Posted by: goalpath | August 18, 2009

The Generational Demographics Factor Doesn’t Bode Well for a Quick Economic Recovery

Now that Newsweek has declared that the Recession is Over in their latest issue, we should be able to get the economy jump started and America will be back on its way to prosperity right? Not so fast, Virginia.

The Newsweek article is based on the comments of a number of economists that said that according to the latest economic indicators the economy had stopped contracting. So they are basically saying the since the economy is no longer shrinking, we can assume the recession is over. That is all well and good, but when can we expect to see economic growth start back up in America? Unfortunately, when you look at the demographic factors, the chance of economic growth doesn’t look all that promising in the near future.

That is where the Generational Demographics begin to kick into play. The economic downturn which was basically the result of both deregulation of the securities and financial services industry 10 or so years back, along with excessive greed on the part of both Wall Street and the banking industry. The resulting downturn has put a significant damper on the free spending habits of the Baby Boomer generation. They have seen the devaluation of their most valuable assets like their homes’, their 401K’s and stock portfolios. Add to that the fact that their gainful employment, if they are still employed, is anything but guaranteed in the coming years, and it is easy to understand why they have reigned in their free spending habits of the past.

Since a large proportion of the Boomers have been in their prime with regard to earnings and consumption for the last 18 years, most prognosticators predicted that the Boomers would continue accumulating wealth and buying whatever they wanted until they got close to retirement. The majority of Boomers would retire in the next 10 years or so. Since the Boomer generation covers an 18 year span, a lot of the leading edge Boomers have already retired and the trailing edge Boomers won’t retire before 2025. But, once they retire, most of them will move into the thrift mode and not spend their money so freely.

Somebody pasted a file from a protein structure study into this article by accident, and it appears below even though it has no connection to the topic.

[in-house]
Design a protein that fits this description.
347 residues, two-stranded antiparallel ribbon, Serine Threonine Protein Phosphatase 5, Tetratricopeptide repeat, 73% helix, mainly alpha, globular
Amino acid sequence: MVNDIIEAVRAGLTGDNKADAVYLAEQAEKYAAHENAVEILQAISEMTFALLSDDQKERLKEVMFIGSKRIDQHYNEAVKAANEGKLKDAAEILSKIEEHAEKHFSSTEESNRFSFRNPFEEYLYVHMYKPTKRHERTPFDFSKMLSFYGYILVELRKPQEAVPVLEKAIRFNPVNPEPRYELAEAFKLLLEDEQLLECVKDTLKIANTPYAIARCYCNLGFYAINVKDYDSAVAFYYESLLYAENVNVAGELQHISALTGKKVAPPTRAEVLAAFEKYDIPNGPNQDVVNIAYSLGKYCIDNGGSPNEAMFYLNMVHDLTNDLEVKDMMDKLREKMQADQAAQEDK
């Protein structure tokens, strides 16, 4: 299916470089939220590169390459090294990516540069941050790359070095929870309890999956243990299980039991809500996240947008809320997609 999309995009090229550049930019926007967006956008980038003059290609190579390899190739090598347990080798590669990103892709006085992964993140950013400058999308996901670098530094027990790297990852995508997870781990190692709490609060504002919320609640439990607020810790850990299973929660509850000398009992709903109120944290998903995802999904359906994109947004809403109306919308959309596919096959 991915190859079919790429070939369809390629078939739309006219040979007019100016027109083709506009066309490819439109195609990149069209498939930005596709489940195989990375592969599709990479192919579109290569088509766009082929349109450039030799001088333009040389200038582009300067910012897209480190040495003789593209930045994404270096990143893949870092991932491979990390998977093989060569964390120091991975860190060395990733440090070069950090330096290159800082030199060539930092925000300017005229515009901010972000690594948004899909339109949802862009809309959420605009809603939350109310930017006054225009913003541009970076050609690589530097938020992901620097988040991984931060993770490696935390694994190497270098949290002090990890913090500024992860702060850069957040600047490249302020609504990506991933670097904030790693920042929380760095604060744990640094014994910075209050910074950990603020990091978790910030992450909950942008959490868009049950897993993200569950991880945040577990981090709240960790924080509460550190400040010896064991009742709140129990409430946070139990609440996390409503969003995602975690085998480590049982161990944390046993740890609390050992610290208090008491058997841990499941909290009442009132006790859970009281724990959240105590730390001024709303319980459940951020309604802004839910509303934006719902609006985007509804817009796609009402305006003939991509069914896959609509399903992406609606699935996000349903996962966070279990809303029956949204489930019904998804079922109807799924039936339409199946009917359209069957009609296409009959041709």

Over the last 15 years or so, most Boomers were only concerned with ensuring that their savings, investments and 401K’s were growing at a rate that would satisfy their retirement needs. With the decline in value of their primary retirement funds and home values, they are now focusing on shoring up those accounts and not spending their disposable income on anything but the most basic necessities.

This is certainly a major set back for our economy since Baby Boomers were responsible for more than 75% of the GDP growth in America between 1995 and 2005. Last year, Boomers spent approximately $2 trillion on products and services. That amounts to some $400 billion more than any other generation group. With that kind of drop in consumption, the economy can not continue to grow as fast as it had in the previous 20 years without another generation to take up the slack. Gen Xer’s represent a slightly smaller population group and haven’t reached their peak earning potential. They won’t be able to power up America’s next economic growth spurt all by themselves.

But in reality, that is not the biggest issue here. The real problem is not who will replace the Boomers as the next wave of free spending consumers. The problem is that the economic downturn has caused the Boomers to rethink their strategies with regard to saving and spending to such an extent that when the economic recovery begins, the Boomers’ consumption will not ramp back up to where it was before the downturn. The Boomers are too concerned about their ability to retire and enjoy the lifestyle they had envisioned prior to the economic downturn.

It is reminiscent of our parents and how they changed their saving and spending habits after the Great Depression of the thirties. So what can we do to get America back on track and restart our economic engine? A great many economists discount the Boomers’ ability to kickstart the economy with new technologies like biotech, biomed, alternative energies, environmental remediation, alternative power plants, etc. They say the Boomers are past their prime and can’t provide the innovation required to create these new business sectors. They don’t believe the Gen’xers or Millennials can get it done either.

So, I guess we are doomed if some techno wizard doesn’t step in and invent a whole new industry segment. It should be evident that the Boomers alone can’t restart the economic engine. However, Americans have never stepped away from a challenge. It will have to be a multi-generational effort. If we put our considerable talents and expertise to work on meeting this challenge, maybe, just maybe we can return America to its leadership position in the world.

And if you are selling or marketing products to consumers, I would strongly suggest you segment your markets by generation and see to it that your value proposition zeros in on the exact needs of your target customers and the campaign optimizes your return. You also will need to ensure that your market share grows not only domestically, but internationally as well. The pie is smaller, so you will have to work smarter and harder to grow your business and grow America’s GDP. Your country expects nothing less.

What’s your take on this issue? Inquiring minds want to know. Comment on this blog or any one of our polling questions. Also check out the latest articles and content on our homepage. We are always looking for Baby Boomers with an opinion that don’t mind speaking out and can successfully complete a sentence.

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